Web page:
MATLAB, like C++ and Java, is an object-oriented language. So it is going to be of great help if you already have a basic knowledge of object-oriented programming concepts. This prior knowledge of object-oriented programming fundamentals will help you understand MATLAB quicker. Then, you also need to know the process in which MATLAB builds sequences codes and algorithms. While it is not essential to understand these before even starting to learn MATLAB, knowing these concepts will certainly improve your efficiency in developing code using MATLAB. Also, you should be acquainted with the basics of advanced mathematics since these are the fundamentals of MATLAB's operations.

What are the uses of MATLAB?

Scientists and engineers use MATLAB to perform functions such as design analysis, mathematical and structural optimization, and various advanced mathematical computations. It is used mainly for the speed and precision it brings to computational performance and the accuracy of the outcomes. MATLAB is widely employed in engineering applications for analyzing systems and visualizing mathematical computations. Nowadays, MATLAB is also extensively used in artificial intelligence applications such as machine learning and deep learning. Other uses include data visualization, data analysis, creation of API and GUIs, solving numerical linear algebra problems, data science, and simulation of engineering applications, algorithm development, and more.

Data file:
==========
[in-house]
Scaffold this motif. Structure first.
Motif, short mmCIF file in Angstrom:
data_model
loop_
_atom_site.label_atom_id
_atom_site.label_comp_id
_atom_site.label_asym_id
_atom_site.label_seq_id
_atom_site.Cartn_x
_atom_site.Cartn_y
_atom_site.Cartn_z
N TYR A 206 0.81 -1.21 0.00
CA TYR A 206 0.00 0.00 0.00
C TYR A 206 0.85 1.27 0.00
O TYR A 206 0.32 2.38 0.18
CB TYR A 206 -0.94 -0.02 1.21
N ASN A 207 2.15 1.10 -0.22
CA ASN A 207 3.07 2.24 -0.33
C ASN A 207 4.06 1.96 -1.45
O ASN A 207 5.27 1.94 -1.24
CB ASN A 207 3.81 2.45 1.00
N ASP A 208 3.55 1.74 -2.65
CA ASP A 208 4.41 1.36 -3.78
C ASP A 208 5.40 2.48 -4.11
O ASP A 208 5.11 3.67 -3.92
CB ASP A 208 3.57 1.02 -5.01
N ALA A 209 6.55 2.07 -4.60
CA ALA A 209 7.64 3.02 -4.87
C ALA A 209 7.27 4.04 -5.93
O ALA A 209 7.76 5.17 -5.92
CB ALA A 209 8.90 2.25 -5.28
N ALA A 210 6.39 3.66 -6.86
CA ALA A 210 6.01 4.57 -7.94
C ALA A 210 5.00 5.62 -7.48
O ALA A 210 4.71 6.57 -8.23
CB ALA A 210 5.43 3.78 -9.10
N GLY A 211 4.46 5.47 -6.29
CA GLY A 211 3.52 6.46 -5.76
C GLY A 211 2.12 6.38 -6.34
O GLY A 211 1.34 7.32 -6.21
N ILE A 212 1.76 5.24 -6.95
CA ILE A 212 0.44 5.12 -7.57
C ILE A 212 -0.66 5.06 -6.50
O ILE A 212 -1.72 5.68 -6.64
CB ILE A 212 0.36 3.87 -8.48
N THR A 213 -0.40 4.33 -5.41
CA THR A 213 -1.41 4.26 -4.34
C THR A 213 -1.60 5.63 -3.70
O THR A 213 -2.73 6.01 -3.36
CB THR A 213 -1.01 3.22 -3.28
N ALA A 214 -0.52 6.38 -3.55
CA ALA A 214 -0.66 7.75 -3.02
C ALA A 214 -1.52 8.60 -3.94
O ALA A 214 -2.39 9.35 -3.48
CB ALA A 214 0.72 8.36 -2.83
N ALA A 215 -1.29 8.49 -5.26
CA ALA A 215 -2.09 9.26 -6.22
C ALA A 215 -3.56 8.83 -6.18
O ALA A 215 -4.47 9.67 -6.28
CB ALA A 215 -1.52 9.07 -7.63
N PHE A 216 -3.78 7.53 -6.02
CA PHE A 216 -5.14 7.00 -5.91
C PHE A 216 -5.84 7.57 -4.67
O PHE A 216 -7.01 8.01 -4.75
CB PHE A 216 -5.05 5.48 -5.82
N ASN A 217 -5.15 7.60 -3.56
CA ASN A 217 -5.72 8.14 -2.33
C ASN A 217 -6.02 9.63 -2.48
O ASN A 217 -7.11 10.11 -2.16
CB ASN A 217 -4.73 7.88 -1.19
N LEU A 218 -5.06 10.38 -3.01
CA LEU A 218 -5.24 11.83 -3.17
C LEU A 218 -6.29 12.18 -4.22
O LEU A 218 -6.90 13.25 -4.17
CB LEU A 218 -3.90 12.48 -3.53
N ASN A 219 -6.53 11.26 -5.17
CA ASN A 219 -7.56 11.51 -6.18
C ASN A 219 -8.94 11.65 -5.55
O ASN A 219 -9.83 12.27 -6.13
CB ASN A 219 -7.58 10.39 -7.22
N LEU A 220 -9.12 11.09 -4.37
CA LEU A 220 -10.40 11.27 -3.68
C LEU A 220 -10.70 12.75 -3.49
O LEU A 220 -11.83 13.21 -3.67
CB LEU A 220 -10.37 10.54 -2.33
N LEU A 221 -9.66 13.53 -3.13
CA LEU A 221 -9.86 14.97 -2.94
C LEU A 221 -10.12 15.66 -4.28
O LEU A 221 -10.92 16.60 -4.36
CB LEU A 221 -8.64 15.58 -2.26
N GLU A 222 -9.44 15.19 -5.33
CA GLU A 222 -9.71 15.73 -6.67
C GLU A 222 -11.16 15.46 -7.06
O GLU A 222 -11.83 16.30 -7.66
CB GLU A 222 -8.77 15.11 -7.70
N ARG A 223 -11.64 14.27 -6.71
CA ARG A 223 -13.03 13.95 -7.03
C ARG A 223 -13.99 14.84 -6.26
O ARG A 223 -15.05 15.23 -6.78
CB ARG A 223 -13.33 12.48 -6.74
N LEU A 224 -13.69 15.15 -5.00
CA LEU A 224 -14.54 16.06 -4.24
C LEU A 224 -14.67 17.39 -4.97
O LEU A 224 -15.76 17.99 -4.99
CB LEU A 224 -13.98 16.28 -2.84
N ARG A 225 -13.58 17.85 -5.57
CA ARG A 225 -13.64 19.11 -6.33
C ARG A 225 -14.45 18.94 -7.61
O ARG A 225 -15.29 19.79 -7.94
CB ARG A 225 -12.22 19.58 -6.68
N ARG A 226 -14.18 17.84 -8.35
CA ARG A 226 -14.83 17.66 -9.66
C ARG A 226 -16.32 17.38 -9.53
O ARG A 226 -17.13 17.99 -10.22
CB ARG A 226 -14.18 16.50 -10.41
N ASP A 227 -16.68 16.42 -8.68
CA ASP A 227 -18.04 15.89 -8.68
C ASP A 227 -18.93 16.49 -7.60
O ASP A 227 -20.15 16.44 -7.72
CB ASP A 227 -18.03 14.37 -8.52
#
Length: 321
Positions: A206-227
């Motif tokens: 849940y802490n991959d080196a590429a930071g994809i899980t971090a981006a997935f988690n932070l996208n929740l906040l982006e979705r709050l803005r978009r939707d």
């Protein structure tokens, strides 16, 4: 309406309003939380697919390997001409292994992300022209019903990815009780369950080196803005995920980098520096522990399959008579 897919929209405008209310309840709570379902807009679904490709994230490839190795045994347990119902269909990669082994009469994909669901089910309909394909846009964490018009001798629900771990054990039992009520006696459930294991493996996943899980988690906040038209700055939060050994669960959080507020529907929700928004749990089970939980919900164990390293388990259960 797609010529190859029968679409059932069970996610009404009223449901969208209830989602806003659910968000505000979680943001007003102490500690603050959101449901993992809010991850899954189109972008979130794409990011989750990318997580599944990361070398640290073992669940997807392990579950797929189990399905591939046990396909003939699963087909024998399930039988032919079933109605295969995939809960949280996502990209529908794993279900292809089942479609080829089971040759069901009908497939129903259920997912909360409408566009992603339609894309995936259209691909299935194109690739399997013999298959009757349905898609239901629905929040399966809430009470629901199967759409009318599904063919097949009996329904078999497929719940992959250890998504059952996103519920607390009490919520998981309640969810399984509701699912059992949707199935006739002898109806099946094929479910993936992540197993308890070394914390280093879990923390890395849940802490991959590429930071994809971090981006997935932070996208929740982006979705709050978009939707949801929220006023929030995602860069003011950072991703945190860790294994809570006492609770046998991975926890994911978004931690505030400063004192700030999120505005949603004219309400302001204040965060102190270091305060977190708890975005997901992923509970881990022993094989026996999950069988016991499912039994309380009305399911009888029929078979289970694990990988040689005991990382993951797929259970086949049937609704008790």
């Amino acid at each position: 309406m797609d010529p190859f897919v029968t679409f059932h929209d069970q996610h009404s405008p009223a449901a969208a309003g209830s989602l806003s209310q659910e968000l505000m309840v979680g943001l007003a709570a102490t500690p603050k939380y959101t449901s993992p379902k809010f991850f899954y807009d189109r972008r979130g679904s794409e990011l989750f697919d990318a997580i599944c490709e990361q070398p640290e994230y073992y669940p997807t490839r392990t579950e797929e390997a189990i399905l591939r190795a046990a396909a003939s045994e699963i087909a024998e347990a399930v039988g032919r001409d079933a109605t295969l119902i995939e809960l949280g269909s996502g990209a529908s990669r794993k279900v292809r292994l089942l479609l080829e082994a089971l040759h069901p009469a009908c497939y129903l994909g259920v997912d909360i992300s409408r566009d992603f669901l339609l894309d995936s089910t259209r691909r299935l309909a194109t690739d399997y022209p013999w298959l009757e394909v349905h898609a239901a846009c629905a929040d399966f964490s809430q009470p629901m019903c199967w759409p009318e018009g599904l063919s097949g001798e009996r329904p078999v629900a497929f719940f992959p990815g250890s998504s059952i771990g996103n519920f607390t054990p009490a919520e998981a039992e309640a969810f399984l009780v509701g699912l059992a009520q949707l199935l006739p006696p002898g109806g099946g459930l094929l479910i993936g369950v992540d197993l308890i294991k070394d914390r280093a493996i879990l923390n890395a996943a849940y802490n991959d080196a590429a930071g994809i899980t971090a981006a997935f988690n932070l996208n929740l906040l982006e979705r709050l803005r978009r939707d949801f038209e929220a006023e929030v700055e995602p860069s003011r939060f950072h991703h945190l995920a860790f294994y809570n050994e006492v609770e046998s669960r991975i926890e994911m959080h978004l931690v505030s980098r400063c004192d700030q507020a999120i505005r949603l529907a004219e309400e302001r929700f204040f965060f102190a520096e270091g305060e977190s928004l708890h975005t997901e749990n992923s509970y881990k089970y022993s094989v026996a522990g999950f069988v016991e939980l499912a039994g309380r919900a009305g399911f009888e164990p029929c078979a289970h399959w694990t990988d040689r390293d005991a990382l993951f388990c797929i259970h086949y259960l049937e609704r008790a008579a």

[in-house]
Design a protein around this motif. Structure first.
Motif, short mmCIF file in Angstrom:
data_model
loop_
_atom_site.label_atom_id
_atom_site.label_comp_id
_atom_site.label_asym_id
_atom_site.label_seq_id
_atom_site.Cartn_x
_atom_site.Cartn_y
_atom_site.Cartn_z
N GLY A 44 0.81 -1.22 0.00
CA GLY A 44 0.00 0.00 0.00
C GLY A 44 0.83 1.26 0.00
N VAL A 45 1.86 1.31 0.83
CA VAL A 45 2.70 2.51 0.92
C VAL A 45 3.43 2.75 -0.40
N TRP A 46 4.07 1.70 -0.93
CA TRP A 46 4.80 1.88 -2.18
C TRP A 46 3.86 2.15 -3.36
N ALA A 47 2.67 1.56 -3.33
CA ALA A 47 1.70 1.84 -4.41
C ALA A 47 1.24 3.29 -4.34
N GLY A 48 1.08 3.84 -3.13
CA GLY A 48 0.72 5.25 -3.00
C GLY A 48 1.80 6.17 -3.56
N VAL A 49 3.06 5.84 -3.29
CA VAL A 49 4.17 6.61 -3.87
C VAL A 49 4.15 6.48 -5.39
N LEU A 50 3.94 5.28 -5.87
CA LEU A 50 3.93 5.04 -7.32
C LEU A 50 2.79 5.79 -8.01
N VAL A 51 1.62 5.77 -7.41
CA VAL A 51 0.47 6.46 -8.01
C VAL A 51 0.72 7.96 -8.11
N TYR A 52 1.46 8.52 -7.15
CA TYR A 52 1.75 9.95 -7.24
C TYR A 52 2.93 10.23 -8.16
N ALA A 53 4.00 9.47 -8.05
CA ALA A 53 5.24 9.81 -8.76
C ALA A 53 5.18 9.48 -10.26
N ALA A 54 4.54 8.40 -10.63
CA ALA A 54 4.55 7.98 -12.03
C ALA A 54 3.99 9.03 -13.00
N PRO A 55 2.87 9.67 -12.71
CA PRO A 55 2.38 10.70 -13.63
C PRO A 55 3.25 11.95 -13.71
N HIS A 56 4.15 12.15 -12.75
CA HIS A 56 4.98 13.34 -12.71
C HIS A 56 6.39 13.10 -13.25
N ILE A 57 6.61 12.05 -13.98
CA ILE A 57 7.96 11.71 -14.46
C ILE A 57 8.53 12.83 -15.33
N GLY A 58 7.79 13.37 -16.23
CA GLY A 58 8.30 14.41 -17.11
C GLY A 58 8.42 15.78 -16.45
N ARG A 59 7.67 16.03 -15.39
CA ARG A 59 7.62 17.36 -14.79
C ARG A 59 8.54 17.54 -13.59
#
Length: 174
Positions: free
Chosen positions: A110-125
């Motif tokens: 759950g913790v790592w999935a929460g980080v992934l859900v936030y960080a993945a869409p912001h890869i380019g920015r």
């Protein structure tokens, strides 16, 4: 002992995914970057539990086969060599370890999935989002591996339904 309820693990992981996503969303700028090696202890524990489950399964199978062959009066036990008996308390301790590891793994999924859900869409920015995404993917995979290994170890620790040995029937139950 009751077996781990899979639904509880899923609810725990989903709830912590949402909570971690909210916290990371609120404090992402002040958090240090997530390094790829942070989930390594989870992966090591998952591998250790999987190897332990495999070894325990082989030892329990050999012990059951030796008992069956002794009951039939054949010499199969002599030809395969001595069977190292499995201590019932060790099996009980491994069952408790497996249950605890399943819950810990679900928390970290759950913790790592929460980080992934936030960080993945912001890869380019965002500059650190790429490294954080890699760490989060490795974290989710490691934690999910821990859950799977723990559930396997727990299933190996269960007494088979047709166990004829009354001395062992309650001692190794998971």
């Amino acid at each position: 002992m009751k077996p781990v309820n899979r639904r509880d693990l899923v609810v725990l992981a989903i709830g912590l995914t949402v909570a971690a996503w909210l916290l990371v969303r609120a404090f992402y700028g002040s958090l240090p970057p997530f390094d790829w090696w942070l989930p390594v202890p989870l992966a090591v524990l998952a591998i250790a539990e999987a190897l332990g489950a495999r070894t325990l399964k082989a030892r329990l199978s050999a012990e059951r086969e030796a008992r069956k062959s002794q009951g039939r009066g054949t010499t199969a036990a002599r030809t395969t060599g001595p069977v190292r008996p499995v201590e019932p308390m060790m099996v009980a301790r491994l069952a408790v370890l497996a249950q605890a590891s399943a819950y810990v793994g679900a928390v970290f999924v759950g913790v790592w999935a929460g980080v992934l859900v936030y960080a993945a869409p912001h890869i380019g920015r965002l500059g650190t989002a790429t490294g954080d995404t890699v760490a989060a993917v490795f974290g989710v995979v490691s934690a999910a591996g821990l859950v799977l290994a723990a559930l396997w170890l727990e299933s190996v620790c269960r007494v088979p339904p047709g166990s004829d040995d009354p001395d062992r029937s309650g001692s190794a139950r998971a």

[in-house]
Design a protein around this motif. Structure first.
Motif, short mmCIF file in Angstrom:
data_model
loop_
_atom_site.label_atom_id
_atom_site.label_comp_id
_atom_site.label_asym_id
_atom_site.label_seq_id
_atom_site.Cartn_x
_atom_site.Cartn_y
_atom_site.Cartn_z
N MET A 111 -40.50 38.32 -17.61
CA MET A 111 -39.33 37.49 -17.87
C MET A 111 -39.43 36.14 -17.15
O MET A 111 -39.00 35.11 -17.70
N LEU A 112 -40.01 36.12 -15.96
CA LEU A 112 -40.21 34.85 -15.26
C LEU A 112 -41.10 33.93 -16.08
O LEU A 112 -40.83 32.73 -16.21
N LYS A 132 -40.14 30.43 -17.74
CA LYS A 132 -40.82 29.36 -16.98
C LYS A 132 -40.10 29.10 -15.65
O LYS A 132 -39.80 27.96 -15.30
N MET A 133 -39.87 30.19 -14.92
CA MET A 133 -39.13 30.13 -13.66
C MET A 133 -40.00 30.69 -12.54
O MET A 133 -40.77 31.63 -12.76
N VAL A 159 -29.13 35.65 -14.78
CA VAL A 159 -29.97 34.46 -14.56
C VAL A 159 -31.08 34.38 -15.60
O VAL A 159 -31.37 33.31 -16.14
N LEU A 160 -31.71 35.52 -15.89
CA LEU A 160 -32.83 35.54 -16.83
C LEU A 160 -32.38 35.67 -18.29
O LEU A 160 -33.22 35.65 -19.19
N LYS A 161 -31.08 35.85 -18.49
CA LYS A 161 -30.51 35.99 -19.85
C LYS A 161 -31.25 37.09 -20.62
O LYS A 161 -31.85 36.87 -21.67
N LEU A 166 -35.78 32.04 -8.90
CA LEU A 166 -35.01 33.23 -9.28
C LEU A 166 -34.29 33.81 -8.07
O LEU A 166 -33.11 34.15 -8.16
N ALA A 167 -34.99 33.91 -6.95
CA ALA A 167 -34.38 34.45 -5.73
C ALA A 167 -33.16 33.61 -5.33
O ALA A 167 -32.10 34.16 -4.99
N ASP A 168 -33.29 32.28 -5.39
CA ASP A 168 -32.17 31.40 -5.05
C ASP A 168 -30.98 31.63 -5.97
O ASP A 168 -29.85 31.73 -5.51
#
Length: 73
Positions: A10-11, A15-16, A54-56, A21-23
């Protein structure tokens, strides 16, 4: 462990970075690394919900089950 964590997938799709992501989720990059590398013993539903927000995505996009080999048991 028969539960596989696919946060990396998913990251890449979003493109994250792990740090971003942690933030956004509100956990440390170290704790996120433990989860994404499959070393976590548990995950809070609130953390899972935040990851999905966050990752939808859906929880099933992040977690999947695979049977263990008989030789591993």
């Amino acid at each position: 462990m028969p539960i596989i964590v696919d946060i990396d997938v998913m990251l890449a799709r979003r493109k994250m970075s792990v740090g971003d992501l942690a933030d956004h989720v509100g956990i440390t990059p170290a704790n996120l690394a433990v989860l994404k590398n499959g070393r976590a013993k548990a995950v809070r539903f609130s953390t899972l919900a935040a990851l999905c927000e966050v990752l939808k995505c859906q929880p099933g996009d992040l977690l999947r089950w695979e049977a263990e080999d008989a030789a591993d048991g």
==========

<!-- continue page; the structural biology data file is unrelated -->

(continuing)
Why choose MATLAB?

There are many reasons why scientists and engineers prefer using MATLAB. Firstly, you can simply and clearly use mathematical expressions in MATLAB. So it becomes effortless to write intuitive and concise code for actions such as image and signal processing, data analytics, control design, etc. The signatures and functions used in MATLAB are familiar and easy to remember, which makes it easier to write code using this programming language. The desktop programming environment is designed to offer capabilities for iterative workflows while you can simultaneously explore programs and data using MATLAB’s built-in apps and start coding right away!